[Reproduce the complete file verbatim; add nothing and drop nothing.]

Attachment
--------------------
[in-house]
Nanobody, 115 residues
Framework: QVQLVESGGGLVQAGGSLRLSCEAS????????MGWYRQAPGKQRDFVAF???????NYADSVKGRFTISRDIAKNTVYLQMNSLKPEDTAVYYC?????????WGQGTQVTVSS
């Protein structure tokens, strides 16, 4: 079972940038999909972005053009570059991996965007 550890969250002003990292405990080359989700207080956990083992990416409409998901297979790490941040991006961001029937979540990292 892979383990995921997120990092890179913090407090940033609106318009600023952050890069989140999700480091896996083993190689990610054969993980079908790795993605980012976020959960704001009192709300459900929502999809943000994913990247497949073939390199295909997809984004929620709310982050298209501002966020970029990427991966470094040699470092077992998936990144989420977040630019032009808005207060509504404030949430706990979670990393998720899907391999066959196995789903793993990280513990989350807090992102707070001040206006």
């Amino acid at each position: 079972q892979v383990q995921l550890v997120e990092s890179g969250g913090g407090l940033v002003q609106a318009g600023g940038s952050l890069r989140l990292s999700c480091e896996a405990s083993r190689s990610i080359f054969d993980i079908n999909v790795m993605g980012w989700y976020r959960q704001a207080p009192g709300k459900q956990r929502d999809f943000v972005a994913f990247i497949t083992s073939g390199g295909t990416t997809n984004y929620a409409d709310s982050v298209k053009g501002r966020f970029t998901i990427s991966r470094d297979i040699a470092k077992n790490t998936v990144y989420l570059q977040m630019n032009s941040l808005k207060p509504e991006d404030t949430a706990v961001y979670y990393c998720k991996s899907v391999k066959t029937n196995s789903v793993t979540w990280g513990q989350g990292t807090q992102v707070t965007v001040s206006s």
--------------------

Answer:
[in-house]
Nanobody, 115 residues
Framework: QVQLVESGGGLVQAGGSLRLSCEAS????????MGWYRQAPGKQRDFVAF???????NYADSVKGRFTISRDIAKNTVYLQMNSLKPEDTAVYYC?????????WGQGTQVTVSS
């Protein structure tokens, strides 16, 4: 079972940038999909972005053009570059991996965007 550890969250002003990292405990080359989700207080956990083992990416409409998901297979790490941040991006961001029937979540990292 892979383990995921997120990092890179913090407090940033609106318009600023952050890069989140999700480091896996083993190689990610054969993980079908790795993605980012976020959960704001009192709300459900929502999809943000994913990247497949073939390199295909997809984004929620709310982050298209501002966020970029990427991966470094040699470092077992998936990144989420977040630019032009808005207060509504404030949430706990979670990393998720899907391999066959196995789903793993990280513990989350807090992102707070001040206006």
């Amino acid at each position: 079972q892979v383990q995921l550890v997120e990092s890179g969250g913090g407090l940033v002003q609106a318009g600023g940038s952050l890069r989140l990292s999700c480091e896996a405990s083993r190689s990610i080359f054969d993980i079908n999909v790795m993605g980012w989700y976020r959960q704001a207080p009192g709300k459900q956990r929502d999809f943000v972005a994913f990247i497949t083992s073939g390199g295909t990416t997809n984004y929620a409409d709310s982050v298209k053009g501002r966020f970029t998901i990427s991966r470094d297979i040699a470092k077992n790490t998936v990144y989420l570059q977040m630019n032009s941040l808005k207060p509504e991006d404030t949430a706990v961001y979670y990393c998720k991996s899907v391999k066959t029937n196995s789903v793993t979540w990280g513990q989350g990292t807090q992102v707070t965007v001040s206006s």